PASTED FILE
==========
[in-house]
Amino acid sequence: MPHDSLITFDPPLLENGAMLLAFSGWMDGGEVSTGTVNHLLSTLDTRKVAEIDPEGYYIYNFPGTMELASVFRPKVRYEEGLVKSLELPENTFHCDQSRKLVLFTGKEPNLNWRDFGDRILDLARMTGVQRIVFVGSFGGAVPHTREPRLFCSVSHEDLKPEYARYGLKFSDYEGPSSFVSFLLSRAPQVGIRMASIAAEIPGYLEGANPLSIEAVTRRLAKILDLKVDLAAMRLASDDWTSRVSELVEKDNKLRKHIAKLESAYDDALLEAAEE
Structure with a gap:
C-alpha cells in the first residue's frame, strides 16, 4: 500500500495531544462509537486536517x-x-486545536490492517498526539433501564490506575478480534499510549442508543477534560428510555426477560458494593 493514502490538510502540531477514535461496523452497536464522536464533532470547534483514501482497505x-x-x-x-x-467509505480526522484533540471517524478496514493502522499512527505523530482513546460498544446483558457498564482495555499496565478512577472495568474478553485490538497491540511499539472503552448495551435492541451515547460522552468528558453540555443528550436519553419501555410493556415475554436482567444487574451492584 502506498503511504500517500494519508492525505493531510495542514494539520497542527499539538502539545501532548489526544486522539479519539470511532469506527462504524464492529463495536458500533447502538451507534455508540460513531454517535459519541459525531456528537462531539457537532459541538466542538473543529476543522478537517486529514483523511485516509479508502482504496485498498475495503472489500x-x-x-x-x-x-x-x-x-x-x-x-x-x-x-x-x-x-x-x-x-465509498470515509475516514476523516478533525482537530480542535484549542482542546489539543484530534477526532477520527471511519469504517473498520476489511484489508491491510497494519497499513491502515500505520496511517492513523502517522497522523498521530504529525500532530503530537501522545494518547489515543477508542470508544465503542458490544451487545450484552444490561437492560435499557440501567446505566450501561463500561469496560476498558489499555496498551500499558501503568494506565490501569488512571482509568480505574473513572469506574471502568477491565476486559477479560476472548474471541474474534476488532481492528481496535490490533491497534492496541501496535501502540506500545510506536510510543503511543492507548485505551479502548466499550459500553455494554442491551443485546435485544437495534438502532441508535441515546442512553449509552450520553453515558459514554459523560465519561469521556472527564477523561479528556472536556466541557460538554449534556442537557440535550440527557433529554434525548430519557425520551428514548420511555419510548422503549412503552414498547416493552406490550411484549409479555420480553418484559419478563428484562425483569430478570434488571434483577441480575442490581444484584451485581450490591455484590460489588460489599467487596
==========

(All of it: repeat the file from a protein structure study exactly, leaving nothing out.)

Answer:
[in-house]
Amino acid sequence: MPHDSLITFDPPLLENGAMLLAFSGWMDGGEVSTGTVNHLLSTLDTRKVAEIDPEGYYIYNFPGTMELASVFRPKVRYEEGLVKSLELPENTFHCDQSRKLVLFTGKEPNLNWRDFGDRILDLARMTGVQRIVFVGSFGGAVPHTREPRLFCSVSHEDLKPEYARYGLKFSDYEGPSSFVSFLLSRAPQVGIRMASIAAEIPGYLEGANPLSIEAVTRRLAKILDLKVDLAAMRLASDDWTSRVSELVEKDNKLRKHIAKLESAYDDALLEAAEE
Structure with a gap:
C-alpha cells in the first residue's frame, strides 16, 4: 500500500495531544462509537486536517x-x-486545536490492517498526539433501564490506575478480534499510549442508543477534560428510555426477560458494593 493514502490538510502540531477514535461496523452497536464522536464533532470547534483514501482497505x-x-x-x-x-467509505480526522484533540471517524478496514493502522499512527505523530482513546460498544446483558457498564482495555499496565478512577472495568474478553485490538497491540511499539472503552448495551435492541451515547460522552468528558453540555443528550436519553419501555410493556415475554436482567444487574451492584 502506498503511504500517500494519508492525505493531510495542514494539520497542527499539538502539545501532548489526544486522539479519539470511532469506527462504524464492529463495536458500533447502538451507534455508540460513531454517535459519541459525531456528537462531539457537532459541538466542538473543529476543522478537517486529514483523511485516509479508502482504496485498498475495503472489500x-x-x-x-x-x-x-x-x-x-x-x-x-x-x-x-x-x-x-x-x-465509498470515509475516514476523516478533525482537530480542535484549542482542546489539543484530534477526532477520527471511519469504517473498520476489511484489508491491510497494519497499513491502515500505520496511517492513523502517522497522523498521530504529525500532530503530537501522545494518547489515543477508542470508544465503542458490544451487545450484552444490561437492560435499557440501567446505566450501561463500561469496560476498558489499555496498551500499558501503568494506565490501569488512571482509568480505574473513572469506574471502568477491565476486559477479560476472548474471541474474534476488532481492528481496535490490533491497534492496541501496535501502540506500545510506536510510543503511543492507548485505551479502548466499550459500553455494554442491551443485546435485544437495534438502532441508535441515546442512553449509552450520553453515558459514554459523560465519561469521556472527564477523561479528556472536556466541557460538554449534556442537557440535550440527557433529554434525548430519557425520551428514548420511555419510548422503549412503552414498547416493552406490550411484549409479555420480553418484559419478563428484562425483569430478570434488571434483577441480575442490581444484584451485581450490591455484590460489588460489599467487596